Tuesday, October 26, 2010

“I Saw the Sign!”

Parashat Chayei Sarah
15 Cheshvan 5771 / Oct. 29 – 30, 2010

Bereishit 23:1 – 25:18

“I Saw the Sign!”
by Zvi Bellin, MHHQ

Eliezer, Avraham’s servant, is sent back to Avraham’s home town to find a wife for Isaac. Avraham wants this bride to be from his very own family. Eliezer arrives at the town’s well and thinks,

“Gee! How am I going to find a woman from Avraham’s family? This is tough! I know, I will ask for a sign.”

Which he indeed does. The woman who will be for Isaac will be one who draws water for Eliezer and for all his camels. This lady with exceptional kindness will be perfect for Isaac (who often represents restriction). Just as Eliezer finishes asking for this sign, Rebecca comes down to draw water. Eliezer runs to her and asks for water. Rebecca quickly gives him to drink and then says the magic words, “I will even get water for your camels to drink.” SCORE!

And what did Eliezer do – he waited and watched with astonishment as Rebecca finished quenching the camels’ thirst. (Chapter 24, verse 21). He did not jump into action immediately after she made the offer; rather he paused and took in the complete fulfillment of his requested prophecy.

The mentioning of Eliezer’s pause caught my attention this week. It reminded me of the countless times that I receive a sign from the universe that things will work out the way I want them to. I get very excited and then when things turn sour, I experience disappointment or hopelessness. Maybe we can learn from Eliezer that when we are witnessing a sign we can pause and consider alternatives as to what it might mean. We can give a little time to pass to see if the sign is actually hinting at what we think, or perhaps not at all. Said simply, I can learn not to rush into narrow interpretations of events.

And also, like Eliezer, after pausing and witnessing, it is okay to make decisions based on a carefully interpreted sign. After the camels completed to drink, he presented Rebecca with gifts and discovered that he indeed found Avraham’s kin and the perfect wife for Isaac.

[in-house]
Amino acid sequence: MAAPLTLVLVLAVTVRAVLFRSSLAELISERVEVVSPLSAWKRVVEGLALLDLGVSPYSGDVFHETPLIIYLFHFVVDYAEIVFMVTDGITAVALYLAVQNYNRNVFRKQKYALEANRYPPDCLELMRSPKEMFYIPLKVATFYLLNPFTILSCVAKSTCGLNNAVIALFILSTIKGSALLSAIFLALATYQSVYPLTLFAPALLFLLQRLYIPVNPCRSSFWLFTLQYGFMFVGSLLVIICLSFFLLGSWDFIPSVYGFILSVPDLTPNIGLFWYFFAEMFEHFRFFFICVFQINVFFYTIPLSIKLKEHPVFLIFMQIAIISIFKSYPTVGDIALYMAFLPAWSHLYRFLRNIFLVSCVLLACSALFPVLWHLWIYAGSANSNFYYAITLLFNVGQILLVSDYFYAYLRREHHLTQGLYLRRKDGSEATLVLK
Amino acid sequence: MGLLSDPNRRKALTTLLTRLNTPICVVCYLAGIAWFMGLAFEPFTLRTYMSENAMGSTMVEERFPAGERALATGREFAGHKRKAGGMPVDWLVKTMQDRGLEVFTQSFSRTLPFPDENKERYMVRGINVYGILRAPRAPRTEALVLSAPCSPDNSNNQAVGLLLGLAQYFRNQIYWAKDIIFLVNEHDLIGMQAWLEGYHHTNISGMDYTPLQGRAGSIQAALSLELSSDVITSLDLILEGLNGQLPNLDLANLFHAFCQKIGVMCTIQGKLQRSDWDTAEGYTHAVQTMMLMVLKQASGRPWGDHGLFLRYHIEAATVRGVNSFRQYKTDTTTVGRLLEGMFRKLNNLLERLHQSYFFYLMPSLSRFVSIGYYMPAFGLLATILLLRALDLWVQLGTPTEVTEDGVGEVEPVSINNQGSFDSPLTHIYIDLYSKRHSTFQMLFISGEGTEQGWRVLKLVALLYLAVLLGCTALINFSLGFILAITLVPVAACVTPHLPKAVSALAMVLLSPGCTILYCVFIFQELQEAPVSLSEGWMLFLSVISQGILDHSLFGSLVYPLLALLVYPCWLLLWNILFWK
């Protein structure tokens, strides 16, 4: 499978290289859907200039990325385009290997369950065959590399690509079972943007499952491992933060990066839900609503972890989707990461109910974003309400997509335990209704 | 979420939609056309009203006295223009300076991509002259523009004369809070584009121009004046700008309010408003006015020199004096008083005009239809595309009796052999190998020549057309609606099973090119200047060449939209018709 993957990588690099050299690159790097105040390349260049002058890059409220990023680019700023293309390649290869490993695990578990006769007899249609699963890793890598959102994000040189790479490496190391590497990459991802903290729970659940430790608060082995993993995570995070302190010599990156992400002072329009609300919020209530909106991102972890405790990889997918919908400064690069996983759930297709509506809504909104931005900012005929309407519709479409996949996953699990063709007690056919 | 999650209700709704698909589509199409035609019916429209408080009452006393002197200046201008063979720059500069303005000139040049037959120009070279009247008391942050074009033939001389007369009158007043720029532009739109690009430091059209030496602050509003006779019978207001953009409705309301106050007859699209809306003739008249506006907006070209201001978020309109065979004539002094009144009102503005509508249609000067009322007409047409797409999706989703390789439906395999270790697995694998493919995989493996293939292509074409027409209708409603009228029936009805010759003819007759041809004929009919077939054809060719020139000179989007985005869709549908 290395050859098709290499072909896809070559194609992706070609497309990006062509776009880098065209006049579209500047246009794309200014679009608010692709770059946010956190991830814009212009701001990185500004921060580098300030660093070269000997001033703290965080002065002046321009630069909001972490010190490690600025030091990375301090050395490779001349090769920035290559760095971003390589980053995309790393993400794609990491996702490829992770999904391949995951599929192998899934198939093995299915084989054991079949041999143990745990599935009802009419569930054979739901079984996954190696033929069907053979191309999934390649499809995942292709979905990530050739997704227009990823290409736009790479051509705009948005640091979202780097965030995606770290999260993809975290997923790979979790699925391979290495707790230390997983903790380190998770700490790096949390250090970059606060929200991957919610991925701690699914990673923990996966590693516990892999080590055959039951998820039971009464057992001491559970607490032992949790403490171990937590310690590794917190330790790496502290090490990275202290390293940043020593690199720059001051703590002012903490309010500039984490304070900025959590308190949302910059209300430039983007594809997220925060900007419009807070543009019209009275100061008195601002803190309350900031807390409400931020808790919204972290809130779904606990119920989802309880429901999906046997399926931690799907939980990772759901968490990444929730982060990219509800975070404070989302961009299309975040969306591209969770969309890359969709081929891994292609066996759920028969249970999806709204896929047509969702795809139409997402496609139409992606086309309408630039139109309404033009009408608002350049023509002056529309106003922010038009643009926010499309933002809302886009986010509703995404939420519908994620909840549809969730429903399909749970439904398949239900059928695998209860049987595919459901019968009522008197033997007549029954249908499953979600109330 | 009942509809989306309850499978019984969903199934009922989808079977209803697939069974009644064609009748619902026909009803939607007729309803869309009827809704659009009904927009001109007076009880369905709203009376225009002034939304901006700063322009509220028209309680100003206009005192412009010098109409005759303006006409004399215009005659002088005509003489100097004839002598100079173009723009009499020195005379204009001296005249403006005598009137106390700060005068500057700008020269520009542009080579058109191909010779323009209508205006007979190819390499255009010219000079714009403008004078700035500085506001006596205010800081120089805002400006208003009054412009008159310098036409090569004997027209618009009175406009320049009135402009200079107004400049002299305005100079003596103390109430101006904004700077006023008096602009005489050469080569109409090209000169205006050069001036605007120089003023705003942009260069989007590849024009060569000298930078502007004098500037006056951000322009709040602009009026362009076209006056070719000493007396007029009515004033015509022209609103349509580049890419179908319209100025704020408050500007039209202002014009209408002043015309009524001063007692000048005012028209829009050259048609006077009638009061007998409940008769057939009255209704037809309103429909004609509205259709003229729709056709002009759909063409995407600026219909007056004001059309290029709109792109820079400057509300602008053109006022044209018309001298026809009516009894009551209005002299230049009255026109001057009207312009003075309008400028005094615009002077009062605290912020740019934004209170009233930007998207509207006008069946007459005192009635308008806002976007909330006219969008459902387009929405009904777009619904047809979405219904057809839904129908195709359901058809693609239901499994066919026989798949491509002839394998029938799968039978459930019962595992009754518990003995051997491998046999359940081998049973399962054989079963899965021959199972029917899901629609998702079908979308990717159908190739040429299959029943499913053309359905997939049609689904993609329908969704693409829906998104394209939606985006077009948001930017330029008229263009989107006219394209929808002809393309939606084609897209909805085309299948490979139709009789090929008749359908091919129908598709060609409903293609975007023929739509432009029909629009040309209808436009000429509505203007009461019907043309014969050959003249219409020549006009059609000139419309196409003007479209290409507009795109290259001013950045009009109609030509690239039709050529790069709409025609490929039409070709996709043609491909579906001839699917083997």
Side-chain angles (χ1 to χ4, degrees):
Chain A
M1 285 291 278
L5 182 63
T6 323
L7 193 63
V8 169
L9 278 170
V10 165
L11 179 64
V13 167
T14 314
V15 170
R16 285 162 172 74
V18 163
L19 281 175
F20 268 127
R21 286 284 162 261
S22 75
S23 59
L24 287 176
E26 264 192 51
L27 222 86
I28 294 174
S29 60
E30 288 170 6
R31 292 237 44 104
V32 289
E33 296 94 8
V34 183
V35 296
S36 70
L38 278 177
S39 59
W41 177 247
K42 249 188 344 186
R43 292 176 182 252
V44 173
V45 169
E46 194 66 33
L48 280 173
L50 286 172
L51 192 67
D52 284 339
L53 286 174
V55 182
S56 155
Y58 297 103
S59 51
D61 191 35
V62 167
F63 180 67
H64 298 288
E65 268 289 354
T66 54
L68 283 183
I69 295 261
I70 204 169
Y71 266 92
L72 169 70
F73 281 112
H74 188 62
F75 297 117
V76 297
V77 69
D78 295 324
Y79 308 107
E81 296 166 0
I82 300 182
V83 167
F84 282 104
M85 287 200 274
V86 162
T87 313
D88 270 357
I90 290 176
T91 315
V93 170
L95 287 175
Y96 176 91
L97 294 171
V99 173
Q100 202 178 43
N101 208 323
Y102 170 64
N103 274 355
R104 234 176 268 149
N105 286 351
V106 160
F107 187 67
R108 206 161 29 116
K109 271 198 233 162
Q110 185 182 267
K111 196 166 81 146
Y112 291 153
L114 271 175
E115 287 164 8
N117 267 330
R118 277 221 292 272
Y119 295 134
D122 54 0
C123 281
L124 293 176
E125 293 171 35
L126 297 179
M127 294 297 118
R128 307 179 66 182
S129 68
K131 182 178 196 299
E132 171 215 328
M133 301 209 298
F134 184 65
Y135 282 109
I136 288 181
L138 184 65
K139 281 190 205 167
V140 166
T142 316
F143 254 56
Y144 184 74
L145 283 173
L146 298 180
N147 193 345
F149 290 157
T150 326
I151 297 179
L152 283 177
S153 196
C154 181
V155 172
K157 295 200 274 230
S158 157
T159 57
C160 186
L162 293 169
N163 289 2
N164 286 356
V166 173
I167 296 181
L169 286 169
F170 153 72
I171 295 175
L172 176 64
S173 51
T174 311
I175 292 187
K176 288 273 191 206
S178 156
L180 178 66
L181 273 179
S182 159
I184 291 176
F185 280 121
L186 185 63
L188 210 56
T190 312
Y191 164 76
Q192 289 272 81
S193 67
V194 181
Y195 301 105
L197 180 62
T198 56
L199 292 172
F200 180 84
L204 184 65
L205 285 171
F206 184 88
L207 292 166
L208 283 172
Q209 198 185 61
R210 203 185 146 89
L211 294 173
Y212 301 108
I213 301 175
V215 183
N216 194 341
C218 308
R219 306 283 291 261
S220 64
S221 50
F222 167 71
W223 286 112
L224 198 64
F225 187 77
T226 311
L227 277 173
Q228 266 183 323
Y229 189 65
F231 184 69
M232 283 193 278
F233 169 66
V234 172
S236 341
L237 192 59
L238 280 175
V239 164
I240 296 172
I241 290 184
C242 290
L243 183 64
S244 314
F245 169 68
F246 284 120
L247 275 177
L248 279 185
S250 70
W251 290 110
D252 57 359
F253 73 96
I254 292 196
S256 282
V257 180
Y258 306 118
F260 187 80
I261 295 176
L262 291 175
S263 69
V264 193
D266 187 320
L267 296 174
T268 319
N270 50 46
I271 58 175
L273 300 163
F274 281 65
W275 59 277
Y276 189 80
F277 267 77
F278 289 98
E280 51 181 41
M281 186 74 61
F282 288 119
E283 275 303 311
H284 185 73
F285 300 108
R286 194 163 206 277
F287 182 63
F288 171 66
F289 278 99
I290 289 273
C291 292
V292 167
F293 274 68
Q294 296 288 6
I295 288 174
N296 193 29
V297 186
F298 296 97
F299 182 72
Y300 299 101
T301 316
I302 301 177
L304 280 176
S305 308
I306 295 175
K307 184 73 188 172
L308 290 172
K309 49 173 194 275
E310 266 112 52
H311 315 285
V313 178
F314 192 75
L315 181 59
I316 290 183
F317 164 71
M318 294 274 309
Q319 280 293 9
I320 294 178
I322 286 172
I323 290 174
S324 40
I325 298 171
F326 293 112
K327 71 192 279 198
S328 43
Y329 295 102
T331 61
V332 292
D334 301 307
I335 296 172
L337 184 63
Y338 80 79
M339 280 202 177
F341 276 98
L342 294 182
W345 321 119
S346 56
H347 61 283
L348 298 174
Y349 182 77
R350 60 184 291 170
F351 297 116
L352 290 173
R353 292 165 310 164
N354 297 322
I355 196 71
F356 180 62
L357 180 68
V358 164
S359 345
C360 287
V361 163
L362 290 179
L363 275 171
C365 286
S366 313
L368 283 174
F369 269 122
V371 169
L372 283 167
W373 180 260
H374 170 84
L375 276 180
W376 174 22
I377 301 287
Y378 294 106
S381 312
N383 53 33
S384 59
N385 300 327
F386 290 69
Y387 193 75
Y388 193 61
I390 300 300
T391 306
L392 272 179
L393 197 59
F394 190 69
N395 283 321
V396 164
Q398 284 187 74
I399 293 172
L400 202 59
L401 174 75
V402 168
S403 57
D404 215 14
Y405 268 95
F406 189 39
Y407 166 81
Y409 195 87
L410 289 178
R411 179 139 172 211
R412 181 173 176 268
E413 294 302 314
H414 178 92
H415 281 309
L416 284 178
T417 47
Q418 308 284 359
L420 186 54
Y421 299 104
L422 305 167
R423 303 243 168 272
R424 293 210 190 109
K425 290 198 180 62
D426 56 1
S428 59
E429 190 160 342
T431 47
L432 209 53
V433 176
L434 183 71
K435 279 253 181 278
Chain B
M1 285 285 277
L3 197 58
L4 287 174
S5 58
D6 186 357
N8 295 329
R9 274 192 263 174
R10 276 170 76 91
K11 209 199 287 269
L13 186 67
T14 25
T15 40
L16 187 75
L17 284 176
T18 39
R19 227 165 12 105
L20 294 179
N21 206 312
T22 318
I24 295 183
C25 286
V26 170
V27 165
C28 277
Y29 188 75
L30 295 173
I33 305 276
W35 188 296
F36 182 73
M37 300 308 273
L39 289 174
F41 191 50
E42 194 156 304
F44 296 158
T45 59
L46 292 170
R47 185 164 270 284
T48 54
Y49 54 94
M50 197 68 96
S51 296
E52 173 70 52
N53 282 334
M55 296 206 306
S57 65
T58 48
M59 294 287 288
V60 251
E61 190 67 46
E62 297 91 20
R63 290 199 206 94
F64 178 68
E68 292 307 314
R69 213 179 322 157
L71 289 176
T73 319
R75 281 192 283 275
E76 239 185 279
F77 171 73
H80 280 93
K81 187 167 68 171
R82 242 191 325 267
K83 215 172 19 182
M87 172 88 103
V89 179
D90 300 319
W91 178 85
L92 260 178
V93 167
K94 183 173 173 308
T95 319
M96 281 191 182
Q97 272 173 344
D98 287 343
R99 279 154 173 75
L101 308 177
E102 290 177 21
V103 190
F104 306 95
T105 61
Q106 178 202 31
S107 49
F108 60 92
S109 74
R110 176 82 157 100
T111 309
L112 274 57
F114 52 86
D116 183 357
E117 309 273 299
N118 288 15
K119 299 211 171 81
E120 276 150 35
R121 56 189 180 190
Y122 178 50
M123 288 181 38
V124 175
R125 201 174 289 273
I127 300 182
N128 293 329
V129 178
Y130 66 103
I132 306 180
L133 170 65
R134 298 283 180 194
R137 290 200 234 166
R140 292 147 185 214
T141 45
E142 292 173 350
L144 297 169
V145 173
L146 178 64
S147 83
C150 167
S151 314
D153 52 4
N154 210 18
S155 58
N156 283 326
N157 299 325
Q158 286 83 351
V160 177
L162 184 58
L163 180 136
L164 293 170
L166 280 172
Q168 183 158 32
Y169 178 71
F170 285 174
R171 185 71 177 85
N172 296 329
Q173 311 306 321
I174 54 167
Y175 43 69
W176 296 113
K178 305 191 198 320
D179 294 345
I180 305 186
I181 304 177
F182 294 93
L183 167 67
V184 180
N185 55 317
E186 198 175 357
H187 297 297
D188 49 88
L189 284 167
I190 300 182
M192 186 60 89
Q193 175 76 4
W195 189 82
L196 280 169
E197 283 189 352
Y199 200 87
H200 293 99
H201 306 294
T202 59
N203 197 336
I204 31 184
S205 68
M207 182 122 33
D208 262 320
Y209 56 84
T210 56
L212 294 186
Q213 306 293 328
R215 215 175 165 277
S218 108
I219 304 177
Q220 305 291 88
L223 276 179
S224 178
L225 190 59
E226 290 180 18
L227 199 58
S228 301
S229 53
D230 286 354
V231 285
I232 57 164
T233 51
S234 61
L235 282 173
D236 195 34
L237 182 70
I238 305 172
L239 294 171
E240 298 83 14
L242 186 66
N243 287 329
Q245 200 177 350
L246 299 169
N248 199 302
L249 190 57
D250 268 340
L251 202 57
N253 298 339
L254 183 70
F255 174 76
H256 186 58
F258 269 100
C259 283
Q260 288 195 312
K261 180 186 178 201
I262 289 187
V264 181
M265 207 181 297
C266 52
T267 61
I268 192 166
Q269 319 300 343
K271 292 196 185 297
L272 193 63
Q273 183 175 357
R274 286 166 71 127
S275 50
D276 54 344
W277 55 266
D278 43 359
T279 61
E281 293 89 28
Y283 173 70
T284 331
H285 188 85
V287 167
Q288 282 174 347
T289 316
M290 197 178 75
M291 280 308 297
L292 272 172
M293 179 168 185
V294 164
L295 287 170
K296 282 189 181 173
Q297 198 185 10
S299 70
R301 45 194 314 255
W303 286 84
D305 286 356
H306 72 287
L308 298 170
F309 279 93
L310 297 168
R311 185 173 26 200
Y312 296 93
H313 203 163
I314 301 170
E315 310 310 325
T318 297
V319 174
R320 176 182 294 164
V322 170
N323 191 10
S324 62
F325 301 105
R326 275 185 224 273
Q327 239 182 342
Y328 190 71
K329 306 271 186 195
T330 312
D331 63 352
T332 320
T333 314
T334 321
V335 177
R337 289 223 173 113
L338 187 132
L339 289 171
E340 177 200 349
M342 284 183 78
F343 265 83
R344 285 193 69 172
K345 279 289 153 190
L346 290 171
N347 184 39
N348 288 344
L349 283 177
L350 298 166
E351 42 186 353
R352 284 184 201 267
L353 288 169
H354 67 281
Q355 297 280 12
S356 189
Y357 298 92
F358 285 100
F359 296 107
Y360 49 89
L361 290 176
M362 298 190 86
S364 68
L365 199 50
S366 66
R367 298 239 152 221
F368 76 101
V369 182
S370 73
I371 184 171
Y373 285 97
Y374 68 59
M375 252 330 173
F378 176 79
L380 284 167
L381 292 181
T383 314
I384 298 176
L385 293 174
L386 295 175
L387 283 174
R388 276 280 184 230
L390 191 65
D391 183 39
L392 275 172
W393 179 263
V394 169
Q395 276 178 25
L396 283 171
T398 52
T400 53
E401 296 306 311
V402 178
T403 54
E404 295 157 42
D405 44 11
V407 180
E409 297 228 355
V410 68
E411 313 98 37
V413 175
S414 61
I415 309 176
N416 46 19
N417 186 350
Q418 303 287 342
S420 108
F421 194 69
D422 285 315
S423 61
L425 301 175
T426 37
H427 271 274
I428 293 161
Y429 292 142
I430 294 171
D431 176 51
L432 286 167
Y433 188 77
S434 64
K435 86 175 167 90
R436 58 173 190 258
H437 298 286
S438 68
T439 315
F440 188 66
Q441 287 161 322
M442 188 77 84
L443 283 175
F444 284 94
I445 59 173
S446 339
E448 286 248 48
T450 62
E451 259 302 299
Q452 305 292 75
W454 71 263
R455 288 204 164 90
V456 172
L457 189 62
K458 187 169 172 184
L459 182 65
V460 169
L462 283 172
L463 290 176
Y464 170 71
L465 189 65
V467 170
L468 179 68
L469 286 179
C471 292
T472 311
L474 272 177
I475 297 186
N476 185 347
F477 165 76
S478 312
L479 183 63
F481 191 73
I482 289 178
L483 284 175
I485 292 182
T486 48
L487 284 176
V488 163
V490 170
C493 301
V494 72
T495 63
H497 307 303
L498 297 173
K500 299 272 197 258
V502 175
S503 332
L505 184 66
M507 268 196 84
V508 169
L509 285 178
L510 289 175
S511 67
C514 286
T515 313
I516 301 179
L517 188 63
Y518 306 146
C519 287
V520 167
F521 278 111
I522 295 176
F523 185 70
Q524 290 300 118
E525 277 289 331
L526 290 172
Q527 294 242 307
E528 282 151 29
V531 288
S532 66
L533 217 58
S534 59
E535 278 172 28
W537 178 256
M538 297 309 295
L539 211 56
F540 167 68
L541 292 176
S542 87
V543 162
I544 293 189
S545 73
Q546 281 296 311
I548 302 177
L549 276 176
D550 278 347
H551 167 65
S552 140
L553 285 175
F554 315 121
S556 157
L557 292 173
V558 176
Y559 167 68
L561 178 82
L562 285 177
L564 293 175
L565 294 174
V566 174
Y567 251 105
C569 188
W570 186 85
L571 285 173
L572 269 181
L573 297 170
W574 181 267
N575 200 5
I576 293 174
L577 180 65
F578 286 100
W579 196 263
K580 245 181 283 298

Monday, October 18, 2010

Lawlessness in the Family

Parashat VaYeirah
15 Cheshvan 5771 / Oct. 22 - 23, 2010
Bereishit 18:1 - 22:24

Lawlessness in the Family

by Uri Manor, Moishe House Silver Spring

I think there are actually two overarching themes in this parsha; one is brutal lawlessness and the other is brutal love between parent and child.

Perhaps symbolically, we start off with Abraham serving angels calf and milk. Abraham, one of the holiest men in Judaism (and of course also Christianity and Islam), is serving one of the most unkosher meals ever and to angels!!! Perhaps even more amazing is the fact that the angels eat it and their next action is to reward him and Sarah with news of a son. Ok fine, this meal was prepared before the laws of kashrut were handed down, but I think that there was a reason why it was calf and milk. It could have been calf and potatoes or milk and vegetables but it was specifically calf and milk. Calf and milk is treif because it represents the mixing of the mother and child---killing a child and mixing with the mother---it is an unholy mixture. Immediately we have both themes of the parsha intertwined - lawlessness and parent:child.

Sarah responds to the good news of a new child by laughing - perhaps literally, perhaps metaphorically - in G-d's face.

We've barely begun the parsha and we already have Abraham cooking one of the most treif meals possible and Sarah laughing in G-d's face.


After some incredibly monotonous arithmetic swordplay between G-d and Abraham (50, 45, …, 15, 10) we transition to what happens when the angels actually get to Lot's house in the horrible city of Sodom and Gomorrah. Immediately every man in town --the entire town--surrounds Lot's house and demands that Lot lets them in so that they can Sodom-ize his guests. Lot responds by begging the townspeople to, instead, take his virgin daughters and to "do to them as you please".